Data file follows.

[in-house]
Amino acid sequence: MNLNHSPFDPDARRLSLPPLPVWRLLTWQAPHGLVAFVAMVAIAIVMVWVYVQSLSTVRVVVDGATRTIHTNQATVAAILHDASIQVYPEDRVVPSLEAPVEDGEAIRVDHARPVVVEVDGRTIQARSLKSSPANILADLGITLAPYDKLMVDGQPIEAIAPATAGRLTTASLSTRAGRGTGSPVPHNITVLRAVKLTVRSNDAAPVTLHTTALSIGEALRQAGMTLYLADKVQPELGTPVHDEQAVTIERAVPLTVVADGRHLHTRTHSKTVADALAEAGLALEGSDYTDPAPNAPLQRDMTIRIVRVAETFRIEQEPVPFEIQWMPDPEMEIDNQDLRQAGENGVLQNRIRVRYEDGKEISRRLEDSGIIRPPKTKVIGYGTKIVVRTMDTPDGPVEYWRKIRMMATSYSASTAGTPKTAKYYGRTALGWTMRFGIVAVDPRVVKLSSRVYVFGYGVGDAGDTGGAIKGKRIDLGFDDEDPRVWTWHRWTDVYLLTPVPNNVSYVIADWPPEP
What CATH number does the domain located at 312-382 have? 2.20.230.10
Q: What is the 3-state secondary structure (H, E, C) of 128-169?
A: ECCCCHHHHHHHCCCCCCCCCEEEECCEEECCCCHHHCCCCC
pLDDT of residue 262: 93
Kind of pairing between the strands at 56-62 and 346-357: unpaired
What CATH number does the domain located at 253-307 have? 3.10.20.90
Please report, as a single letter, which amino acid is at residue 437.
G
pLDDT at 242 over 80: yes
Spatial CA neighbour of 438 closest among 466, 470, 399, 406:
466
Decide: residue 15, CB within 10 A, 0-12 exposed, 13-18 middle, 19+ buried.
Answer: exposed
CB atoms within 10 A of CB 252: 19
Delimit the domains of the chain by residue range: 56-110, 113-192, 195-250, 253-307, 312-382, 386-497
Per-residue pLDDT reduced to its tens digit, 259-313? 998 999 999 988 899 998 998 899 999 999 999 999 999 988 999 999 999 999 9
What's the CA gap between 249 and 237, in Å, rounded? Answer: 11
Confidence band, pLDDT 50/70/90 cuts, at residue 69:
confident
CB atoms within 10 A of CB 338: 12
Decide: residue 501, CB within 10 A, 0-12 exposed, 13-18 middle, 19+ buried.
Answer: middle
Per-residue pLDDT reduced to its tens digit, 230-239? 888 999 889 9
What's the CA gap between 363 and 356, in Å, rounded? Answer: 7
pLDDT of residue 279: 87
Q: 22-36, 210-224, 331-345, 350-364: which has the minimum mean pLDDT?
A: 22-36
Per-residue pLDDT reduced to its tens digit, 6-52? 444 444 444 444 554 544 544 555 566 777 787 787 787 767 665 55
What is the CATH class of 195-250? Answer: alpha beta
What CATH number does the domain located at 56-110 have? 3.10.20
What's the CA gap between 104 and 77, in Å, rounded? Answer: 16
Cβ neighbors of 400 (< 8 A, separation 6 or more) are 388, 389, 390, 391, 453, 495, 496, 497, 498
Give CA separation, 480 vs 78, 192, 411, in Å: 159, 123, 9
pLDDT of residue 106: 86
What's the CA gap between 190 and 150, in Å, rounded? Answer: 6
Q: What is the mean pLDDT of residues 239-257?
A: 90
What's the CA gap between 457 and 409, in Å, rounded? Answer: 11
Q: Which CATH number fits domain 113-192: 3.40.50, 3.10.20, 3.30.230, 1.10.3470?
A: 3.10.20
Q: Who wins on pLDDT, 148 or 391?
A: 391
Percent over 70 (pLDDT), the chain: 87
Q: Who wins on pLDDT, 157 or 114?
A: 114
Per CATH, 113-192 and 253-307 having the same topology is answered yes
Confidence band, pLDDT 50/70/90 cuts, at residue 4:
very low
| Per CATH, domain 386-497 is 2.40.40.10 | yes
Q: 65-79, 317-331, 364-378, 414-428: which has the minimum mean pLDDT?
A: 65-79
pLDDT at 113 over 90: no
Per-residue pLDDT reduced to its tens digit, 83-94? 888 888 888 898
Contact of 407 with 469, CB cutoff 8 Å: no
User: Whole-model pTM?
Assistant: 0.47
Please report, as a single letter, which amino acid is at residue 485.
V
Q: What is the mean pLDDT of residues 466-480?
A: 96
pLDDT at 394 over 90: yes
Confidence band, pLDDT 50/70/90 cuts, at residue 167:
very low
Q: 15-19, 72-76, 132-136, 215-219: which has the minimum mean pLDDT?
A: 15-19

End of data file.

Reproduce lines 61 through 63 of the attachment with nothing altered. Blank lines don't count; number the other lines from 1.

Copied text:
Q: What is the mean pLDDT of residues 466-480?
A: 96
pLDDT at 394 over 90: yes